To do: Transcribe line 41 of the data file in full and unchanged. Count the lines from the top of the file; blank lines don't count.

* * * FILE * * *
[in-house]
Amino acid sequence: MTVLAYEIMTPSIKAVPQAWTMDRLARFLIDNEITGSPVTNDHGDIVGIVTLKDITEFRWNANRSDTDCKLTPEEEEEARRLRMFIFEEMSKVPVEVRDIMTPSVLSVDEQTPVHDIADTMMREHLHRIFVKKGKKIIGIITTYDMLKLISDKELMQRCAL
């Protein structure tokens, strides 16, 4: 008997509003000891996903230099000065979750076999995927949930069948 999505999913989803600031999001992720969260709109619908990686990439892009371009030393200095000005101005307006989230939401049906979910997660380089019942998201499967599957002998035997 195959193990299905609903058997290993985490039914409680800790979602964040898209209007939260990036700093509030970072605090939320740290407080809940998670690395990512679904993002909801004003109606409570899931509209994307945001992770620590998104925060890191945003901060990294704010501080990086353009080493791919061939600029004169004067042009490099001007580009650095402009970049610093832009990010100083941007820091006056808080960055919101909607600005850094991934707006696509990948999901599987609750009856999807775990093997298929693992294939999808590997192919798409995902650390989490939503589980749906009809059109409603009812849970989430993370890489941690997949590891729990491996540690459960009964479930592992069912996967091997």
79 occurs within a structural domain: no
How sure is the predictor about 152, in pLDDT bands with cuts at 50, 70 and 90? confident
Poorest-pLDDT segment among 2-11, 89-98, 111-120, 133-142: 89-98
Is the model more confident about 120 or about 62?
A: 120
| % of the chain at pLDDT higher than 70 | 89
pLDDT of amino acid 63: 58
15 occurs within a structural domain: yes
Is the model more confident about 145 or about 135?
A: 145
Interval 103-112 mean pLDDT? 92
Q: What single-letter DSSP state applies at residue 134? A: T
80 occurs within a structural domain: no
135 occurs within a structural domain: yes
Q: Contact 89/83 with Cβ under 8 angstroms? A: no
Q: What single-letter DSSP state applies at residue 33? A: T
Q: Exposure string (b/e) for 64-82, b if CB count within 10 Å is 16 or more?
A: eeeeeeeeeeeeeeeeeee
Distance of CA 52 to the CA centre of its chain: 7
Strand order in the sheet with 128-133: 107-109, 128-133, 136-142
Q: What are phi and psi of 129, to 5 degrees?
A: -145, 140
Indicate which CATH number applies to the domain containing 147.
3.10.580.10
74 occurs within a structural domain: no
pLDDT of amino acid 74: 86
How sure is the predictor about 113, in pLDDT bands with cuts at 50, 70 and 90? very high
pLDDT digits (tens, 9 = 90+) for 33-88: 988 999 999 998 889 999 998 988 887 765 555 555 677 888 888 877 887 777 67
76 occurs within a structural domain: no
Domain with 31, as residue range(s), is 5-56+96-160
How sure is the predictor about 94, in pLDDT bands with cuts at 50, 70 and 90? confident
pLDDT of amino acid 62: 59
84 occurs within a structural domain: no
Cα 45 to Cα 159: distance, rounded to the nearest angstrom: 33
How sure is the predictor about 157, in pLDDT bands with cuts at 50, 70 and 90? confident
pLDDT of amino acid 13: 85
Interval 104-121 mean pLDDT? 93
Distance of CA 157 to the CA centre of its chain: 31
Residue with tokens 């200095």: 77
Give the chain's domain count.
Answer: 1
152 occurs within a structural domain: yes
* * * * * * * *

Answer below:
Distance of CA 157 to the CA centre of its chain: 31